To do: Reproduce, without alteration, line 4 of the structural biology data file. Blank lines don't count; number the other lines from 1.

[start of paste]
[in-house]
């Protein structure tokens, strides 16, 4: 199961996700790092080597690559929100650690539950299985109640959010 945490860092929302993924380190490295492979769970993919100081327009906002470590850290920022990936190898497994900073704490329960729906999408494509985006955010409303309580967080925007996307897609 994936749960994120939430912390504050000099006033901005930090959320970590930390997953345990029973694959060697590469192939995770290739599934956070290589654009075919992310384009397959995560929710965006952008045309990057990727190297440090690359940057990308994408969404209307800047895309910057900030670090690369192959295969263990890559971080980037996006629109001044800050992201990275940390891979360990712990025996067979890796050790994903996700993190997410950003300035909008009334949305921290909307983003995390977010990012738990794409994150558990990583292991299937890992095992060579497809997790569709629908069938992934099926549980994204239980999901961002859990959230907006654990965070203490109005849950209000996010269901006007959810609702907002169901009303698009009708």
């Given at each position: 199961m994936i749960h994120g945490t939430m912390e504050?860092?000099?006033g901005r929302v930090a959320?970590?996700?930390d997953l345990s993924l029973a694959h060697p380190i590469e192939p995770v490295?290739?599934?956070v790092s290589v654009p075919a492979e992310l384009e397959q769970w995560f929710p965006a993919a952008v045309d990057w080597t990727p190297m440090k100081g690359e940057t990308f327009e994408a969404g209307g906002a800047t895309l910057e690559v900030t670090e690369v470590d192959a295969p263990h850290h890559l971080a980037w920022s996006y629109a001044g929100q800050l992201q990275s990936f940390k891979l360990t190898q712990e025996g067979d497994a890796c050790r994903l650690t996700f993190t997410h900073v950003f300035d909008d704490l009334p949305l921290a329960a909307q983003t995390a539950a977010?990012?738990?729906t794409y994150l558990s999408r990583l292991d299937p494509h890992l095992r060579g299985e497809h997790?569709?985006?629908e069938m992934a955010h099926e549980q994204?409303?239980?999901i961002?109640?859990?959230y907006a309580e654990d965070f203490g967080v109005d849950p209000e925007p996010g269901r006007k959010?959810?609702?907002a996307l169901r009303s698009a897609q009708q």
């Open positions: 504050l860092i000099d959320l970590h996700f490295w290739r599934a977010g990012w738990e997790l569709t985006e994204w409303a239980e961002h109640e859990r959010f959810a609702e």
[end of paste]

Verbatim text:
């Open positions: 504050l860092i000099d959320l970590h996700f490295w290739r599934a977010g990012w738990e997790l569709t985006e994204w409303a239980e961002h109640e859990r959010f959810a609702e």